I just cannot understand how these huge structures were built with using only basic hand tools and physical labor. Plus, how have these structures survived all these years? The bricks and mortar look like they were just built. The Romans were engineering geniuses. Fascinating and well worth a visit. Entry was included in the price of the National Roman Museum,... More 

2 Thank luvroma2
San Diego, California
Level Contributor
376 reviews
285 attraction reviews
common_n_attraction_reviews_1bd8 265 helpful votes
Reviewed October 24, 2015

The part of the Diocletian Bath that I viewed was free to see as it was in a subterranean part of the Exedra Hotel where we stayed while in Rome. One can view it by looking through a glass window in the floor.

1 Thank traveltoforeignlands
Level Contributor
71 reviews
49 attraction reviews
common_n_attraction_reviews_1bd8 22 helpful votes
Reviewed October 22, 2015

The size of the bath house was incredible. There is a film that plays so you can see images of what it was like in all it's glory. We spent about 1 hour walking around so it doesn't take much time.

Thank AnnualGetaway
Weymouth, United Kingdom
Level Contributor
155 reviews
82 attraction reviews
common_n_attraction_reviews_1bd8 72 helpful votes
Reviewed October 11, 2015

Situated opposite Roma Termini this is well worth a visit. Allow plenty of time to go round as there is much to see both inside and out. The extensive gardens contain many statues and other carvings and they are so peaceful it's hard to believe you're next to such a busy area of the city. The buildings surrounding the gardens... More 

1 Thank Mike W
Canberra, Australia
Level Contributor
124 reviews
40 attraction reviews
common_n_attraction_reviews_1bd8 58 helpful votes
Reviewed October 2, 2015 via mobile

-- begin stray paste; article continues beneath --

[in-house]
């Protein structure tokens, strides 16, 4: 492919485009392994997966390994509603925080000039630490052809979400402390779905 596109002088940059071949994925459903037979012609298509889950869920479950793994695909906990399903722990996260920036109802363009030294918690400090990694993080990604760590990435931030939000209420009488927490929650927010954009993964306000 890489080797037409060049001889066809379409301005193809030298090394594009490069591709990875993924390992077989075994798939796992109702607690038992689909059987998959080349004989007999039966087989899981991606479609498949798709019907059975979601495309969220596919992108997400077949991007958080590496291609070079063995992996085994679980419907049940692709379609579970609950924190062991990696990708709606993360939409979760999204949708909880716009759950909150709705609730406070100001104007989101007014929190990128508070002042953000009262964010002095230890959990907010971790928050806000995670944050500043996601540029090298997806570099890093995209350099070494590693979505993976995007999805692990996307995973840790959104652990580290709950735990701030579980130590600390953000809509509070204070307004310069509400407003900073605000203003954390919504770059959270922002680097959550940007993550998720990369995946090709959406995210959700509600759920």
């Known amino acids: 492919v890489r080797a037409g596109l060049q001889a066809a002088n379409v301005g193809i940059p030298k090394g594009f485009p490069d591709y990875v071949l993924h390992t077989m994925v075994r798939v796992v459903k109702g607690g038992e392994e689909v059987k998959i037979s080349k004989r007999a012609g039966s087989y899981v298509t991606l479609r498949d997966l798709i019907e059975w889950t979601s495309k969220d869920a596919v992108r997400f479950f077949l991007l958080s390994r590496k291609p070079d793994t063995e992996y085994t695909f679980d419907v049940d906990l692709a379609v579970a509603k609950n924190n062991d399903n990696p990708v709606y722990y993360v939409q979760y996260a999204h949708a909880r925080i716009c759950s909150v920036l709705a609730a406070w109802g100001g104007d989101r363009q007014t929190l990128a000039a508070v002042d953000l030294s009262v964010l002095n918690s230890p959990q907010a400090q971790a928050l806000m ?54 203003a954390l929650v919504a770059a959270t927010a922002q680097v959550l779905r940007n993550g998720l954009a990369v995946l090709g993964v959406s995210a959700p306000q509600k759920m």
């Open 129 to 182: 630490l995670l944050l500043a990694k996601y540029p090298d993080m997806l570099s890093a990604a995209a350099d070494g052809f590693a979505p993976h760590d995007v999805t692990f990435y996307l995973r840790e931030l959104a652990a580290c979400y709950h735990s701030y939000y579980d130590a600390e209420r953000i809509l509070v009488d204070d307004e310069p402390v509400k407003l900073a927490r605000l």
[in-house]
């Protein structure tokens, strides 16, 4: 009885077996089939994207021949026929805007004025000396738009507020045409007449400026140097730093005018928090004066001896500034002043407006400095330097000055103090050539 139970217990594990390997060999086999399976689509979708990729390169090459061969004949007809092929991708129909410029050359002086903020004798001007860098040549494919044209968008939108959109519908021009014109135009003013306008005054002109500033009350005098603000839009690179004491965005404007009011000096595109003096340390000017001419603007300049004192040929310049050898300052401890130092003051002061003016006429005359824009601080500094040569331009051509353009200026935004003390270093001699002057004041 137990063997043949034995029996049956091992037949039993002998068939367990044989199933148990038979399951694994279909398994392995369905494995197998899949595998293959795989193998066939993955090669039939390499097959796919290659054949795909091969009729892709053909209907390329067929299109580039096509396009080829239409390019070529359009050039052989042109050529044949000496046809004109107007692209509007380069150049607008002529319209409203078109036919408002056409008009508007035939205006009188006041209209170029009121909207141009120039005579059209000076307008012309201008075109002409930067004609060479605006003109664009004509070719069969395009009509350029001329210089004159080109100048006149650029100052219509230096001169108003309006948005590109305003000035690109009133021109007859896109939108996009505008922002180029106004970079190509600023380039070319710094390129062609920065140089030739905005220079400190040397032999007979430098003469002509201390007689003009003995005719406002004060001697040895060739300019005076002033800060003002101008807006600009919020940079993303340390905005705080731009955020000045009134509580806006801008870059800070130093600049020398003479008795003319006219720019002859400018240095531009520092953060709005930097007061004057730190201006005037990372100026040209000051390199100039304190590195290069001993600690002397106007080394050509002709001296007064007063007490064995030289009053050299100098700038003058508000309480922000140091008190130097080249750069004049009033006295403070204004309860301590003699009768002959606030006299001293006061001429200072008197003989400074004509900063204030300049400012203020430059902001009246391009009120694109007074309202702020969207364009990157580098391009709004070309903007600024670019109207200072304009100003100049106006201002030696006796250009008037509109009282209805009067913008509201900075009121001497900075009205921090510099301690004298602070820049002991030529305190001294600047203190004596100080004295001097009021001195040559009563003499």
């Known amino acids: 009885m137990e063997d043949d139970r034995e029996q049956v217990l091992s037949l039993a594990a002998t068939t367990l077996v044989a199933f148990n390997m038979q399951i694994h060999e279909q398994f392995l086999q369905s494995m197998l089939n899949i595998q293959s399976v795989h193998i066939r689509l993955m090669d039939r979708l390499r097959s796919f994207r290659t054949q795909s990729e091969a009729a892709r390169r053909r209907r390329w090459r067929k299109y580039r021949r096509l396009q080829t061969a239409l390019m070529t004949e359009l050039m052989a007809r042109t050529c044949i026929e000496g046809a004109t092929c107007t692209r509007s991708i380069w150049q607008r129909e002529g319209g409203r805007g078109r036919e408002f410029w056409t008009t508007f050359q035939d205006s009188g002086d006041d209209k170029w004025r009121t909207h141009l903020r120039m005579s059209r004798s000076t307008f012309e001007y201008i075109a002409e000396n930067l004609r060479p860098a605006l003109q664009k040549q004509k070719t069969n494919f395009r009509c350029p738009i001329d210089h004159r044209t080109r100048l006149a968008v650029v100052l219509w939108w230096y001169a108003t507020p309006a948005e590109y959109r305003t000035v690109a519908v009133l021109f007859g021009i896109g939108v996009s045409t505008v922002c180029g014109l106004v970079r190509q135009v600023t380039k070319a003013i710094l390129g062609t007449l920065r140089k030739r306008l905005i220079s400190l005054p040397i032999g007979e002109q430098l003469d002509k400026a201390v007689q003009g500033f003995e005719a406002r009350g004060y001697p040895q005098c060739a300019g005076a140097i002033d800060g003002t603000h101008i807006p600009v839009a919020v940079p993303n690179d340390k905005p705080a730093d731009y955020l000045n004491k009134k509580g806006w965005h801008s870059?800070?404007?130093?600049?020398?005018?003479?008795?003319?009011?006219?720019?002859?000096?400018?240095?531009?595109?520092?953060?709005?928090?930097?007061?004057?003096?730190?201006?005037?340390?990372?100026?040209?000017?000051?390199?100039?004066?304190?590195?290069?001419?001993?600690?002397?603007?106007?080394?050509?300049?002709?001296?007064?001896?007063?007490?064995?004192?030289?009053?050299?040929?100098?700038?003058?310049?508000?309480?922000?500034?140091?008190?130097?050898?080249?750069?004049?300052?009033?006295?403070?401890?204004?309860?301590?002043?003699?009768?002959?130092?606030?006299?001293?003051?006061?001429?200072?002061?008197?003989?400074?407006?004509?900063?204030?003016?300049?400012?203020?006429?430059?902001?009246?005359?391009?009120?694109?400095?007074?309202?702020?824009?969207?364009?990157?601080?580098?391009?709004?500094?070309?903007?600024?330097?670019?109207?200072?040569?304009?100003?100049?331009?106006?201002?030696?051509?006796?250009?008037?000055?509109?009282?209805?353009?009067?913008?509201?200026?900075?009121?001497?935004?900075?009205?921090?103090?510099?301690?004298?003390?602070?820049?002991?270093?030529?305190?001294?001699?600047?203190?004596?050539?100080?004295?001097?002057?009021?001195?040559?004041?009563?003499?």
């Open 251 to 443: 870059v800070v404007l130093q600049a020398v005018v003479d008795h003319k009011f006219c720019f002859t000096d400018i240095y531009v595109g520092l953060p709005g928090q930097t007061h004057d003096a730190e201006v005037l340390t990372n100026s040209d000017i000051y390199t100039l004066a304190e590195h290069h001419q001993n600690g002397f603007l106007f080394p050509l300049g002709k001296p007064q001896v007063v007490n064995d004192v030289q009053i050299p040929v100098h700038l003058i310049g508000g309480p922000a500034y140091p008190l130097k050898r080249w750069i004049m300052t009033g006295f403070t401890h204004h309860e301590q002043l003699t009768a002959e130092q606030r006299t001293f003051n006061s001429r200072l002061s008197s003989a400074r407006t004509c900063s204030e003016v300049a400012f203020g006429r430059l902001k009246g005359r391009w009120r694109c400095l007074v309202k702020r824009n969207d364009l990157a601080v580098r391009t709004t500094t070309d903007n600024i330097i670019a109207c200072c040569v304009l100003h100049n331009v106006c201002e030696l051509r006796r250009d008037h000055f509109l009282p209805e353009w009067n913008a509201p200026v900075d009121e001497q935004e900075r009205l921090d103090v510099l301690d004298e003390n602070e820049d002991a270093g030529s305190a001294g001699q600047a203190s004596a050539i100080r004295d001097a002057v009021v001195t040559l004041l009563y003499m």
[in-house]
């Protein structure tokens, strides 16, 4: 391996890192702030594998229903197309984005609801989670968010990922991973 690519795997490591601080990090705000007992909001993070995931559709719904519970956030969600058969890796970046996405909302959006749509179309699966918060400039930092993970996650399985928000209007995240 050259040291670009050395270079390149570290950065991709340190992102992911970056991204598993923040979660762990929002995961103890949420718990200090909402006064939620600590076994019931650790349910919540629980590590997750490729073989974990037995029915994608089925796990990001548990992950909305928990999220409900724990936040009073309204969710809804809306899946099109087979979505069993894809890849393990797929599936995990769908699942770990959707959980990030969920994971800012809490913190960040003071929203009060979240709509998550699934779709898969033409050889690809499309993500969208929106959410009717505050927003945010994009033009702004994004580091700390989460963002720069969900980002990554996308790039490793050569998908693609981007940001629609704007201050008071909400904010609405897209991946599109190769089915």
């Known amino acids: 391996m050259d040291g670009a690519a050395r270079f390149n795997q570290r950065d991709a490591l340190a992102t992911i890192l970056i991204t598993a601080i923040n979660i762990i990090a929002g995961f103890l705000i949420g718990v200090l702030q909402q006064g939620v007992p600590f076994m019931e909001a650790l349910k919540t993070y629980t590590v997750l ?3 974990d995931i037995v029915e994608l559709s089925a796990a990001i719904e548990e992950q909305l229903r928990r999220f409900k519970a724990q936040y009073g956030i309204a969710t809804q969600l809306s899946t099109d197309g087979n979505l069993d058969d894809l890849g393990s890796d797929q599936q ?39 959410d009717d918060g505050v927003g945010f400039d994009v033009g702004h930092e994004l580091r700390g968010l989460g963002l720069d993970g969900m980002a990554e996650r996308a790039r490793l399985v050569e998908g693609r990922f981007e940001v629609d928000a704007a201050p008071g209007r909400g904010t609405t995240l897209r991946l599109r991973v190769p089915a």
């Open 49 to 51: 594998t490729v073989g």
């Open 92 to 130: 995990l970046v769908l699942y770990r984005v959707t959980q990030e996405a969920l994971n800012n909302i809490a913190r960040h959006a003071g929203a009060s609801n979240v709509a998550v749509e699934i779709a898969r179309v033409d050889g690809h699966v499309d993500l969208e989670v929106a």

The external courtyard of the complex housing the Diocletian Baths and for Saint is beautiful and peaceful. Adjacent to major roadworks and near to the main rail terminus, it is a nice oasis. The entry price seemed high at €13, as I had a relatively short time and no knowledge or expectations. Making a beeline to the section housing the... More 

1 Thank Flashduck
Level Contributor
26 reviews
6 attraction reviews
common_n_attraction_reviews_1bd8 8 helpful votes
Reviewed September 28, 2015

A really nice and quite place with nice big gardens and cool interactive museum. The ticket is valid for 3 other museums.

Thank Ofer H

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Staying in Esquilino

Neighborhood Profile
Old school vibe from the very beginning is the only way to describe the Esquilino neighborhood. The Esquilino takes pride in being one of the oldest areas in Rome for its key location on one of the city’s famous seven hills. From an ancient neighborhood to its modern incarnation as a multicultural hub, Esquilino always has something going on—polyglot vendors debate street artists while kids play pick-up basketball games. Look around you: this area isn’t like the historic center. Liberty architecture, large piazzas, and long boulevards mix with archaic arches, secret side alleys, and beautiful churches like Santa Maria Maggiore.